Enzymes in beer, as defined by Gregory J. Noonan in his book Brewing Lager Beer, “are complex, protein-based biological catalysts that induce reactions between substances without being changed by the reaction or appearing in its end product.” They are activated and deactivated under certain conditions. Manipulating these conditions is what mashing is all about. Where do Enzymes in … Read more Enzymes in Beer-Understanding and Manipulating Enzymes to Make Better Beer
The process of making beer wort (unfermented beer) encompasses several steps. The first of these is mashing. The primary goal of mashing is to finish the breakdown of proteins and starches that the maltster began when he produced the malt. In days past, when malts were less modified, the mashing process was accomplished by using several … Read more Beer Wort Production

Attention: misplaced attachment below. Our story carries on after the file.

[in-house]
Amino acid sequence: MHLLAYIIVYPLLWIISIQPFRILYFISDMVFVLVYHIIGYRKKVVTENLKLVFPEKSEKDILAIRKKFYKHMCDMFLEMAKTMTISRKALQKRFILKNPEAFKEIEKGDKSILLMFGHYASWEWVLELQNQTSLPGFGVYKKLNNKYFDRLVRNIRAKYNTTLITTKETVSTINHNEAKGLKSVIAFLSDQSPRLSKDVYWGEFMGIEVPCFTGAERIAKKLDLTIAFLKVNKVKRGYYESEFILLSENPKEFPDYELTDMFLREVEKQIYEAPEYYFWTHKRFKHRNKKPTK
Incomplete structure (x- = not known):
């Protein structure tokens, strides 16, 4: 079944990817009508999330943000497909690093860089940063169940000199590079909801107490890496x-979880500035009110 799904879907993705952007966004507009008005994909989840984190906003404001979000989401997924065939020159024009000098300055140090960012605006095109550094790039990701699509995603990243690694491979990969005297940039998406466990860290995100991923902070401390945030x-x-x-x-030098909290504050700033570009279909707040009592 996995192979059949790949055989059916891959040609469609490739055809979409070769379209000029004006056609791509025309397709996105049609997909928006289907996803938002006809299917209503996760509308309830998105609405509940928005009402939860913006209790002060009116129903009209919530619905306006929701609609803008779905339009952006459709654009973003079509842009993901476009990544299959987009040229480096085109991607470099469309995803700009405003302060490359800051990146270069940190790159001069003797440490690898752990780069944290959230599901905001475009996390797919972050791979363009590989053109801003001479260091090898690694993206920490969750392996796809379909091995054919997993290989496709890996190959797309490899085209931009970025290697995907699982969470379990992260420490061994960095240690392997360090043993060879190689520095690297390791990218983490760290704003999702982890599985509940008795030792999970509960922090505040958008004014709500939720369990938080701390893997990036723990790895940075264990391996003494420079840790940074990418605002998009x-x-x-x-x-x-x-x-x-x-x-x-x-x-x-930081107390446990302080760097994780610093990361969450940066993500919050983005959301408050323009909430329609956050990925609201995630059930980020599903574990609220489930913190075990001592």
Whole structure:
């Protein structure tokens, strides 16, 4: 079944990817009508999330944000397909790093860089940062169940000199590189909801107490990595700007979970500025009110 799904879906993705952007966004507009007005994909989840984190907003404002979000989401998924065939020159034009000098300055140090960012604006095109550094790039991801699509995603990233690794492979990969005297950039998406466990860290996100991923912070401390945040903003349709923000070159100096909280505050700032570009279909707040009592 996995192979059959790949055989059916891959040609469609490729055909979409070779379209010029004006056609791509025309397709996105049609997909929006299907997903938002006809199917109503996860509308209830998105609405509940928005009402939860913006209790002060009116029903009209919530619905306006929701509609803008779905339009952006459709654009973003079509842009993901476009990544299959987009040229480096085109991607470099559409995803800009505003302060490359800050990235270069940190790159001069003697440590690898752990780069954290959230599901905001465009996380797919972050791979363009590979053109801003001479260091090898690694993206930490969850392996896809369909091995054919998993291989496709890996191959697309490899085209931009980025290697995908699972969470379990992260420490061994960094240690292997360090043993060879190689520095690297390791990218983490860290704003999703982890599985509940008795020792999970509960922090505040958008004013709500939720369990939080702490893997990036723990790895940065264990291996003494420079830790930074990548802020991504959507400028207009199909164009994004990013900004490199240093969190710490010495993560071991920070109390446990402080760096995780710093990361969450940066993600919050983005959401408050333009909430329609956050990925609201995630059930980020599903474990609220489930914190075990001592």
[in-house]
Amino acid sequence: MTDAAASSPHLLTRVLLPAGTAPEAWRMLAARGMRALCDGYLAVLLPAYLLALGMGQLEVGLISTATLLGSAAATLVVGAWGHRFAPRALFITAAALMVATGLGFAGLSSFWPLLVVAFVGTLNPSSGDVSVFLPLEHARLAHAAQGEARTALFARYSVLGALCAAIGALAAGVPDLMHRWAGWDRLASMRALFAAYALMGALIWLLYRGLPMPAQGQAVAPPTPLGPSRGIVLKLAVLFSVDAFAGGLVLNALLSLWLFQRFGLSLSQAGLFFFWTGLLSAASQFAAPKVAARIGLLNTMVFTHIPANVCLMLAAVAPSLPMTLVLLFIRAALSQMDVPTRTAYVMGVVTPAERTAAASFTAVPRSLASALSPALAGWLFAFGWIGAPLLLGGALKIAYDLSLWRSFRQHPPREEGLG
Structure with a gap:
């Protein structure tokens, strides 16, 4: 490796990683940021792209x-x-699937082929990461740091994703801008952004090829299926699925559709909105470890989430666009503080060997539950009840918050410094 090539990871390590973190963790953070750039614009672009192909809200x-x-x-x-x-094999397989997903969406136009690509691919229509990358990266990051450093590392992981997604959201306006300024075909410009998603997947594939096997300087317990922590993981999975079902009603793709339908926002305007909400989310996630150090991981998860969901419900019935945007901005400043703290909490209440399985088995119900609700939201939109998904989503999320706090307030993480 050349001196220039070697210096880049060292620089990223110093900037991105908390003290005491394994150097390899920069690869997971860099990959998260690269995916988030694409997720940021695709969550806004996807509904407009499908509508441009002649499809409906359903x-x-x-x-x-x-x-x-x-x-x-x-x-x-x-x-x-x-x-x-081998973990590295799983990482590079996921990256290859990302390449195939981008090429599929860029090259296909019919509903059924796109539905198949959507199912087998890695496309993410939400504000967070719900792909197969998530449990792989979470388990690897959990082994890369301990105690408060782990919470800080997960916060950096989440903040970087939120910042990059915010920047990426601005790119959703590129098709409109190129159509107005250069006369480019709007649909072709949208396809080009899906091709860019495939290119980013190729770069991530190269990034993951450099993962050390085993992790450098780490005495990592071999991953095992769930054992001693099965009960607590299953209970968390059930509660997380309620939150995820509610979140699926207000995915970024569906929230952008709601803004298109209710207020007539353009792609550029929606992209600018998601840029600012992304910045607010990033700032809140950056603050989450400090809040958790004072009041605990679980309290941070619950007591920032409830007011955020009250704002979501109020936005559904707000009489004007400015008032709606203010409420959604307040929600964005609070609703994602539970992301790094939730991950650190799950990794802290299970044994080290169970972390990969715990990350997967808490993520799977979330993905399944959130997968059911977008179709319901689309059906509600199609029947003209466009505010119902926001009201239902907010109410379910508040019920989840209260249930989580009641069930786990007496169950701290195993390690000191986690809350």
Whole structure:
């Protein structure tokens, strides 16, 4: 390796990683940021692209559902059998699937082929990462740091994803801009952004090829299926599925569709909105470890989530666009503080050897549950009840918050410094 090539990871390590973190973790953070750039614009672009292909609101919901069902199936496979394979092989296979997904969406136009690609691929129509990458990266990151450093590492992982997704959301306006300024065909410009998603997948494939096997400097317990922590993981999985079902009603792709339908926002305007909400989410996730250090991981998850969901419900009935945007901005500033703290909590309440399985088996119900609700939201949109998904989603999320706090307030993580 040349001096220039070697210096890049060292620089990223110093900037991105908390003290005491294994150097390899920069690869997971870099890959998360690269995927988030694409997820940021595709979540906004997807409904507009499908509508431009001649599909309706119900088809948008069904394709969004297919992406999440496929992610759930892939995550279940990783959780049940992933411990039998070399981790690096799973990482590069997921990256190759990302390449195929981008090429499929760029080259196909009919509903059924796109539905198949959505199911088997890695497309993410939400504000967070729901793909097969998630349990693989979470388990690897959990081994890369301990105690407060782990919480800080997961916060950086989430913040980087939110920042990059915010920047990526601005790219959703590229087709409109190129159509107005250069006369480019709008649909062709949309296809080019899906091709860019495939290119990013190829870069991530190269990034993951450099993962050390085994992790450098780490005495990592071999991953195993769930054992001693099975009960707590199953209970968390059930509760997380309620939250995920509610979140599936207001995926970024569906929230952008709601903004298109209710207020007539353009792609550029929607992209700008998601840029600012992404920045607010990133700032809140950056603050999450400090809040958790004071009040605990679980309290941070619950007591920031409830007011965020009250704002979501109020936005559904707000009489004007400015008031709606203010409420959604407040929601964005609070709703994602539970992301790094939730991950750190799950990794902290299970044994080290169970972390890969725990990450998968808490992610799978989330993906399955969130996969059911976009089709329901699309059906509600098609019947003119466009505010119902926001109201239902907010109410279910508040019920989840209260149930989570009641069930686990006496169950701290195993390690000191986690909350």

Adjusting mash pH is fairly involved, but you can determine what the pH will be using your water’s residual alkalinity. By calculating theresidual alkalinity, using inputs from your water analysis, it can be converted to a relative pH value. Basically, 10 degrees of residual alkalinity equals 0.3 pH units. The equation begins with what the … Read more Is adjusting Mash pH the key to more consistent beer?
Your mash alkalinity is a measurement of the mash’s ability to buffer, or resist, attempts to lower its pH. It does this with the bicarbonate ions and, to some extent, the carbonate and hydroxide ions in solution. All three of these ions, bicarbonate, carbonate and hydroxide, react with hydrogen to reduce acidity (raise pH). If you … Read more Mash Alkalinity, Residual Alkalinity and Mash pH
Cereal Mash Techniques Why learn how to do a cereal mash? Because when you brew American lagers or other beers requiring large amounts of adjuncts, you may need to perform a separate mash on theadjuncts to break them down and convert the starches to fermentable sugars. Both rice and corn are made mostly of starch … Read more Cereal Mash-brewing with adjuncts